Monday, June 20, 2016

Guest Post: Difficulties Writing Authentic Autistic People + Book Giveaway

A Bouquet for Adam: Difficulties Writing Authentic Autistic People

By K.T. Spence

In "A Bouquet for Adam," my co-author, A. J. Marcus and I dove into the deep end when it came to writing a person with autism. For me, this had both simple and complex attributes.

My nine-year old daughter, N, was diagnosed with Autism Spectrum Disorder when she was 5. For two years prior to that, she spent time in occupational and speech therapy including hippotherapy (therapy on horseback) and a play-based therapy called Floortime. 

I felt well-versed in autism. At least, enough to write this character, Adam.

However, the longer A. J. and I wrote, the more I began to question the authenticity of the character. After all, I only have a nine-year old and I was trying to expand what I knew about autism from her behaviors into a thirty-year old male. 

TO BE CONTINUED ON...Let's Get Beyond Tolerance!!!

I wanted to share a little bit of this guest post here, but instead of cross-posting, please continue on to my LGBT+ blog to read the rest AND enter the giveaway. All comments over there are treated like comments here; which means I will do my best to visit your blog if you visit/comment on mine! 


Melliane said...

it's really interesting to write such a character

Erika Sorocco said...

I think it's amazing to see autistic characters becoming more prevalent in fiction - such a wonderful way to teach acceptance and understanding!


Keertana said...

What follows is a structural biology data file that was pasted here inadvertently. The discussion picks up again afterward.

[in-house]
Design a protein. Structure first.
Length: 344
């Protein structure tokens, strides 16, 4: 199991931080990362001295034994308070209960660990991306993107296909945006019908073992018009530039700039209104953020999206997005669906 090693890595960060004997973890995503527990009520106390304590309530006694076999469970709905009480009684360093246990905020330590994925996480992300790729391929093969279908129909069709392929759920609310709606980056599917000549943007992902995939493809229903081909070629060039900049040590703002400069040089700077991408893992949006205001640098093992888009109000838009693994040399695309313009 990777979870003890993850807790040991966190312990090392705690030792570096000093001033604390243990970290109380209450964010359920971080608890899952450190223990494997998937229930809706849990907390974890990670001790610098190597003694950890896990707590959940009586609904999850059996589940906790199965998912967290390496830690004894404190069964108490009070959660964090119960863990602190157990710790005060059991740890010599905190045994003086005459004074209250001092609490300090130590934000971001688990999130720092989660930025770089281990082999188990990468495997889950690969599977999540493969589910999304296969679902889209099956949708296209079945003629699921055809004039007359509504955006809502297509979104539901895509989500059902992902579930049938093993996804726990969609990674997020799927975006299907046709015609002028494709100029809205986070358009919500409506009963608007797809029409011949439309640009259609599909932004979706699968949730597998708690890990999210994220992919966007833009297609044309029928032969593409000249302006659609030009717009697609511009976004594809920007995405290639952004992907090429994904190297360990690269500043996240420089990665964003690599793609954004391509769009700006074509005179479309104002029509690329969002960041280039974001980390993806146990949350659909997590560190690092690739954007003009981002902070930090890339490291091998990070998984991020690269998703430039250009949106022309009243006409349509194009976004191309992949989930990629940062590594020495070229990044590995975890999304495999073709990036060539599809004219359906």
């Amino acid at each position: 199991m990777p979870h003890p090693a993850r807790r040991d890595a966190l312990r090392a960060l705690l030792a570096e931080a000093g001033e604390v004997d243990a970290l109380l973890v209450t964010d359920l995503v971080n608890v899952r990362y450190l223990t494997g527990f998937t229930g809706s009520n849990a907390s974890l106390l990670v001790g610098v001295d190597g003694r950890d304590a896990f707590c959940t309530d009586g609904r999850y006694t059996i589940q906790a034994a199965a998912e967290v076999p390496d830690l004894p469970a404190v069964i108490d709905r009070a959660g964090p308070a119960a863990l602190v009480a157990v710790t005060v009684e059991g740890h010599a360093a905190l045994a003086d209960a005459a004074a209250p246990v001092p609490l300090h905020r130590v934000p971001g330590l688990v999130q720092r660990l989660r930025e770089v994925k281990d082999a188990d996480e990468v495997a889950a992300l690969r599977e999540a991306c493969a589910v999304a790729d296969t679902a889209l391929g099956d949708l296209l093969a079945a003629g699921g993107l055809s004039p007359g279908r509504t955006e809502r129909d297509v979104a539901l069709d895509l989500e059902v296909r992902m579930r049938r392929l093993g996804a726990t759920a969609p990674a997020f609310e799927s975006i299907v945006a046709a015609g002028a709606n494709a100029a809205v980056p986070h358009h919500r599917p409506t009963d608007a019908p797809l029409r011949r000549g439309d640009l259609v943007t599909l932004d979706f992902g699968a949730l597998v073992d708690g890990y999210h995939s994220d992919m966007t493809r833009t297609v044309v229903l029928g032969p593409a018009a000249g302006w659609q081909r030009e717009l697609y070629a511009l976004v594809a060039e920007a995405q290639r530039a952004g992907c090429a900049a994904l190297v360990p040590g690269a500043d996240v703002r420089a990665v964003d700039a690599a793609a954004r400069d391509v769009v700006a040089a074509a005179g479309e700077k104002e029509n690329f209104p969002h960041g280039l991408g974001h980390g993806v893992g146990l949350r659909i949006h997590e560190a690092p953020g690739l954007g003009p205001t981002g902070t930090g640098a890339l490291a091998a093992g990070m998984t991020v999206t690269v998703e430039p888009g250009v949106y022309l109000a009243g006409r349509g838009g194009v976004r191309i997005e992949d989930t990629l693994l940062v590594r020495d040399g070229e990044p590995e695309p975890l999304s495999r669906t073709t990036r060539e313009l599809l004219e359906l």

It's so hard to write characters from different backgrounds or with different illnesses because authenticity and a true portrayal is so, so important. I'm glad that authors are not shying away from writing these characters, though, because they need their representation as well. Thanks for sharing this post! :)

Voracious Bookling said...

I have read only one book related to Autism, called Sapient and I loved it! I will deffo check this one out too! :)

Kindlemom said...

I've only read one book as well, Puddle Jumping and it was amazing! Thanks for sharing this one.

cleemckenzie said...

It's challenging to create a character with special needs.

A Canadian Girl said...

It's great that more authors are featuring characters with exceptionalities. Off the top of my head, The Rosie Project is a book that features an adult character with ASD that I thought was really well done.

DMS said...

This was such an interesting post. I can see how the more K.T. wrote the harder it was to know if she was writing the character correctly. I know some autistic children and a friend's sister-in-law is also on the spectrum. Each one is different, but certainly writing an adult would be the most difficult for me. I have read books written by adults on the spectrum, and that has helped me to see what life is like through their eyes. Thanks for sharing and best of luck to K.T. and A.J.

The Bibliophile Babe said...

Sounds like a really interesting character!

Karen Alderman said...

I know several adults with Autism Spectrum Disorder as well as friends with children who have it and every experience is different. I look forward to continuing this post on the othr blog.

Karen @For What It's Worth

Jennifer Humphries said...

I had no idea that therapy on a horse was called hippotherapy. Now I do. I have many friends with children on different levels in the autism spectrum and I know for them,of prime concern is how will this transition to adult hood. That would be tricky to write about for sure.

Nicole Hewitt said...

Really glad you pointed this book out to me - I really enjoy reading books with autistic or "non-typical" characters because I have two "non-typical" kids myself.

Nicole @ Feed Your Fiction Addiction